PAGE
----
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Audit Finds LA Falls Short In Reducing Homelessness

RACHEL MARTIN, HOST:

Nearly 60,000 people are homeless in Los Angeles County. Now a new audit finds that the main agency that's in charge of dealing with the crisis is falling far short of its own goals for getting people off the street. Anna Scott from member station KCRW has more.

ANNA SCOTT, BYLINE: Homelessness is the No. 1 municipal issue for many people in LA. In charge of fighting the crisis is the Los Angeles Homeless Services Authority, or LAHSA, which gets funding from the city and county to run their homelessness programs. But when it comes to one of its basic jobs - connecting with people on the streets and linking them to things like shelters, mental health treatment and long-term housing - the authority isn't doing a good enough job according to a new report by LA City Controller Ron Galperin.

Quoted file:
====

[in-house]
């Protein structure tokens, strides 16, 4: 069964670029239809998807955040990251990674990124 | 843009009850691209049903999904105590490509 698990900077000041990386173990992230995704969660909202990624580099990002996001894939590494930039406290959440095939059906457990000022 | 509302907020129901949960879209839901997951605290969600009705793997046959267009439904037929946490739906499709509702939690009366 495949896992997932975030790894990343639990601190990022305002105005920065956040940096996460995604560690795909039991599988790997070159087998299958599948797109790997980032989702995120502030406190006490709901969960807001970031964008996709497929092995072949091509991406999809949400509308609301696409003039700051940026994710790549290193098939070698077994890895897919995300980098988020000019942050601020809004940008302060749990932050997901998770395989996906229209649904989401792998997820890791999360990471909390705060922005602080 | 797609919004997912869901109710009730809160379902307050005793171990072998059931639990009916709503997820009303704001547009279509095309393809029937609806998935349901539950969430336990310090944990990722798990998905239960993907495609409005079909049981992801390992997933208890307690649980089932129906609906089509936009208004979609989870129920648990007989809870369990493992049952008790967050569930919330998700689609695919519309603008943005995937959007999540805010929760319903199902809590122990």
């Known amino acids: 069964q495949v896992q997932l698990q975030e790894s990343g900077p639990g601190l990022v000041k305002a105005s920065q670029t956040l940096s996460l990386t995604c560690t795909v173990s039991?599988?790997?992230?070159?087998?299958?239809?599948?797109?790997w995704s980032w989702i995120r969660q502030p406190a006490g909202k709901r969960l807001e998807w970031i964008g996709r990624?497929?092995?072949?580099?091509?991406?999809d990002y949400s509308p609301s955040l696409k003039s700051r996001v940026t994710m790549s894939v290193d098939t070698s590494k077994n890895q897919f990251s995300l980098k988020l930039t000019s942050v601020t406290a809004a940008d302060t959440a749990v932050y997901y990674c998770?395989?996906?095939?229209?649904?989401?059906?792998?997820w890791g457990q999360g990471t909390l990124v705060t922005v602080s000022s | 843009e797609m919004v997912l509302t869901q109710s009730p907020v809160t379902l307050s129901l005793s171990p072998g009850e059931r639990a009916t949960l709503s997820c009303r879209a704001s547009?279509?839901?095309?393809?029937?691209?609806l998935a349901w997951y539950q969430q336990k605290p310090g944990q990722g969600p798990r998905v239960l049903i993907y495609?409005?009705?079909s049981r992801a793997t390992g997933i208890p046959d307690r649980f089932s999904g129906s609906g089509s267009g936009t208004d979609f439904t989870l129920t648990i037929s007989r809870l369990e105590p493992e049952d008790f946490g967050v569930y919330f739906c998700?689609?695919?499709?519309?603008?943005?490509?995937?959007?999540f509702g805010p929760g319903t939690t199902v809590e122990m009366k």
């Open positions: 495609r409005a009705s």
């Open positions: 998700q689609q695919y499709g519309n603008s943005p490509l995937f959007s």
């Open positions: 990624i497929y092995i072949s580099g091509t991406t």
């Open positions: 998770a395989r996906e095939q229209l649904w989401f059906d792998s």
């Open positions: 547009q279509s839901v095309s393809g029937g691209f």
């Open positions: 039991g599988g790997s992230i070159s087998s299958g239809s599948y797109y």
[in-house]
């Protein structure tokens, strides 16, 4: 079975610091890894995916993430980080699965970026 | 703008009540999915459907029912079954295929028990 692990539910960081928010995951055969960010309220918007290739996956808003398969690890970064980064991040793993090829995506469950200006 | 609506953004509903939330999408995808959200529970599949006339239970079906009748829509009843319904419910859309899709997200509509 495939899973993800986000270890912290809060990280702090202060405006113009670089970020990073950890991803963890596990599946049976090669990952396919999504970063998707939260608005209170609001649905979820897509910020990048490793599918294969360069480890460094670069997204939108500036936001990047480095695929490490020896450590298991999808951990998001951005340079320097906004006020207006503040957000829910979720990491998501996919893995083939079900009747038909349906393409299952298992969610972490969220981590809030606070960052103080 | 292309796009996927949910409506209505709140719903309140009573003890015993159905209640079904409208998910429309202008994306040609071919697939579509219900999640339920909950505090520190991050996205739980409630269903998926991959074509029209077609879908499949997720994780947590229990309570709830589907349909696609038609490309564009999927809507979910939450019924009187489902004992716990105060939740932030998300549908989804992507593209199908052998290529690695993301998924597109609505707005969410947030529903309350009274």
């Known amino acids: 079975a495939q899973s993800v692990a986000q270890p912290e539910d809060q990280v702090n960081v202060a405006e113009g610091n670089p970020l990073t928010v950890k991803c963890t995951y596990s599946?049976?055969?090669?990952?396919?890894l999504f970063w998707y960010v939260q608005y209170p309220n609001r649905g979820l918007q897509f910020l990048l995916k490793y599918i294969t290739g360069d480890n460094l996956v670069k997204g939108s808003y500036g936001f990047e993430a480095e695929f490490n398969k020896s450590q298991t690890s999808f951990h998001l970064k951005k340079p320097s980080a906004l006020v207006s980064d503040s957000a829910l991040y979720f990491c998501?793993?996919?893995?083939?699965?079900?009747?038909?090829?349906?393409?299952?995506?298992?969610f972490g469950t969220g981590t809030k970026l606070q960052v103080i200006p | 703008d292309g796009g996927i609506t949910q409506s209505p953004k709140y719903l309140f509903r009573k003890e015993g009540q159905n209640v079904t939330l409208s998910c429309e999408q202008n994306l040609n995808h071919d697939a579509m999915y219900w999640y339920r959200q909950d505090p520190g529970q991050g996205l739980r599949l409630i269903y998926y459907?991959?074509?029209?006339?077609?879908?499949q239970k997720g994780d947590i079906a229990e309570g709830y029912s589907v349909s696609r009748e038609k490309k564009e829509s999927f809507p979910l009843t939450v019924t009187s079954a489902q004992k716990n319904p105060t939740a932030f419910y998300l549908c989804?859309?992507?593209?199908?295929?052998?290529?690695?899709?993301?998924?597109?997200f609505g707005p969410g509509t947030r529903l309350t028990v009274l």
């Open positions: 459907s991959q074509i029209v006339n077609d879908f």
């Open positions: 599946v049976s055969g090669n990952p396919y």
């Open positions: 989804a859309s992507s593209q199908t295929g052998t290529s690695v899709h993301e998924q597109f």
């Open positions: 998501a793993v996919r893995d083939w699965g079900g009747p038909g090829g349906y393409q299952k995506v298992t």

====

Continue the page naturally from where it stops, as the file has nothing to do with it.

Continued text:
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RON GALPERIN: We found that the outreach efforts in the city of Los Angeles are not where they should be. In most areas, LAHSA failed to even come close to achieving the goals that were set out.

SCOTT: For example, of all the people that outreach workers tried to help within city limits in the past fiscal year, they aimed to place 10% in permanent housing but only ended up housing 4%. The authority aimed to connect 25% of people who reported having mental health needs to treatment but only connected 4% to help.

Officials with the Homeless Services Authority dispute the findings and say the report looks at one small slice of what they do. They also say that identifying people on the streets who need help is important. But to really solve LA's homelessness crisis, elected officials need to create more affordable housing. Heidi Marston is LAHSA's chief program officer.

HEIDI MARSTON: We can't lose sight of the permanent housing at the end that really is going to be the true way that we resolve homelessness in LA.

SCOTT: To combat homelessness and housing instability, one report found that LA needs more than half a million affordable apartments to meet existing demand from low-income renters.

For NPR News, I'm Anna Scott in Los Angeles. Transcript provided by NPR, Copyright NPR.